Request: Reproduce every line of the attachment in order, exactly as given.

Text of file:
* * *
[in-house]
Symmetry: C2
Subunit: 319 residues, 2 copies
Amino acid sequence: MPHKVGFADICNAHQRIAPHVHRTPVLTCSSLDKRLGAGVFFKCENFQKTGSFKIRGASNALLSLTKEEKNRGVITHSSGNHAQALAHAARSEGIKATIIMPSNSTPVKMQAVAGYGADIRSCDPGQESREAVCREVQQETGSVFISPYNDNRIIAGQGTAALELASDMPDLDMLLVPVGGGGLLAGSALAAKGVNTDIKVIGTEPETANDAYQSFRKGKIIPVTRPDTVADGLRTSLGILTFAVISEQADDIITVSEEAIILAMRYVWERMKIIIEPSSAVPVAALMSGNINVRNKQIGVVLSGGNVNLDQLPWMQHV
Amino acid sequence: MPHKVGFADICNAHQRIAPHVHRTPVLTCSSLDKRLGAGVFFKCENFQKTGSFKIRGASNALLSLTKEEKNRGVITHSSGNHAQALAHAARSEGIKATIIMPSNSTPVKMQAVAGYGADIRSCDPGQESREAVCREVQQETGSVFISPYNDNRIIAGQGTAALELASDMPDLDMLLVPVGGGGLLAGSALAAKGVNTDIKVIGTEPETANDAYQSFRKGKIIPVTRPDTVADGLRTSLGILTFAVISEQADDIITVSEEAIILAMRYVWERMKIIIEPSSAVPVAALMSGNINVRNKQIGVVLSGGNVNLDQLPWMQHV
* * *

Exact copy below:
[in-house]
Symmetry: C2
Subunit: 319 residues, 2 copies
Amino acid sequence: MPHKVGFADICNAHQRIAPHVHRTPVLTCSSLDKRLGAGVFFKCENFQKTGSFKIRGASNALLSLTKEEKNRGVITHSSGNHAQALAHAARSEGIKATIIMPSNSTPVKMQAVAGYGADIRSCDPGQESREAVCREVQQETGSVFISPYNDNRIIAGQGTAALELASDMPDLDMLLVPVGGGGLLAGSALAAKGVNTDIKVIGTEPETANDAYQSFRKGKIIPVTRPDTVADGLRTSLGILTFAVISEQADDIITVSEEAIILAMRYVWERMKIIIEPSSAVPVAALMSGNINVRNKQIGVVLSGGNVNLDQLPWMQHV
Amino acid sequence: MPHKVGFADICNAHQRIAPHVHRTPVLTCSSLDKRLGAGVFFKCENFQKTGSFKIRGASNALLSLTKEEKNRGVITHSSGNHAQALAHAARSEGIKATIIMPSNSTPVKMQAVAGYGADIRSCDPGQESREAVCREVQQETGSVFISPYNDNRIIAGQGTAALELASDMPDLDMLLVPVGGGGLLAGSALAAKGVNTDIKVIGTEPETANDAYQSFRKGKIIPVTRPDTVADGLRTSLGILTFAVISEQADDIITVSEEAIILAMRYVWERMKIIIEPSSAVPVAALMSGNINVRNKQIGVVLSGGNVNLDQLPWMQHV